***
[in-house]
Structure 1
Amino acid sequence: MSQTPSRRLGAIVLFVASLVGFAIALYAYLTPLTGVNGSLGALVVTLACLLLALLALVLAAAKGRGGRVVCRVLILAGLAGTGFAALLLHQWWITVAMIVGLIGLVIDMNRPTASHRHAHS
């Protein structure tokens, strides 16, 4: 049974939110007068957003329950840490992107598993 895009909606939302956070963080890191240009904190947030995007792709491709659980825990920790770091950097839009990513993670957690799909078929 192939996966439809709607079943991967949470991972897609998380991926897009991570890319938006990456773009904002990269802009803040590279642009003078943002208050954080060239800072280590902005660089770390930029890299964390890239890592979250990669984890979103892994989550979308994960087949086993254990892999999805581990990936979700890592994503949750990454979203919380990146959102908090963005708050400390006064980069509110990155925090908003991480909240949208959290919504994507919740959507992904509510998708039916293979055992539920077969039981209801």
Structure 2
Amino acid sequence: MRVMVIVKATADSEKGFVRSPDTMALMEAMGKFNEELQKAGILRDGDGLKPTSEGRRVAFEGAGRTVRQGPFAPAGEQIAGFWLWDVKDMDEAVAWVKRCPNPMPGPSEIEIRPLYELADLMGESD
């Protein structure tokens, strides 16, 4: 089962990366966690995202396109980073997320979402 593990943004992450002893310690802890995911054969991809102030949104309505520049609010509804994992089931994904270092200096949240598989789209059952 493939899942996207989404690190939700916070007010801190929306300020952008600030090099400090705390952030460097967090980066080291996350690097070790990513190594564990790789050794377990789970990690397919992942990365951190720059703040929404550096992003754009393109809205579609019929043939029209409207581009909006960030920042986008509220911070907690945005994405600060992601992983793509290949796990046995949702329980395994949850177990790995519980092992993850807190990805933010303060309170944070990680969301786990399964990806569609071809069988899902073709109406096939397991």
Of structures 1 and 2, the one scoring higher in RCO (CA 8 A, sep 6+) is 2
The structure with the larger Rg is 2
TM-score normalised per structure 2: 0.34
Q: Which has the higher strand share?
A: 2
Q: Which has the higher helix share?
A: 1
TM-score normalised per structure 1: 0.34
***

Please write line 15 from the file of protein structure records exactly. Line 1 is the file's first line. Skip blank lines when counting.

TM-score normalised per structure 1: 0.34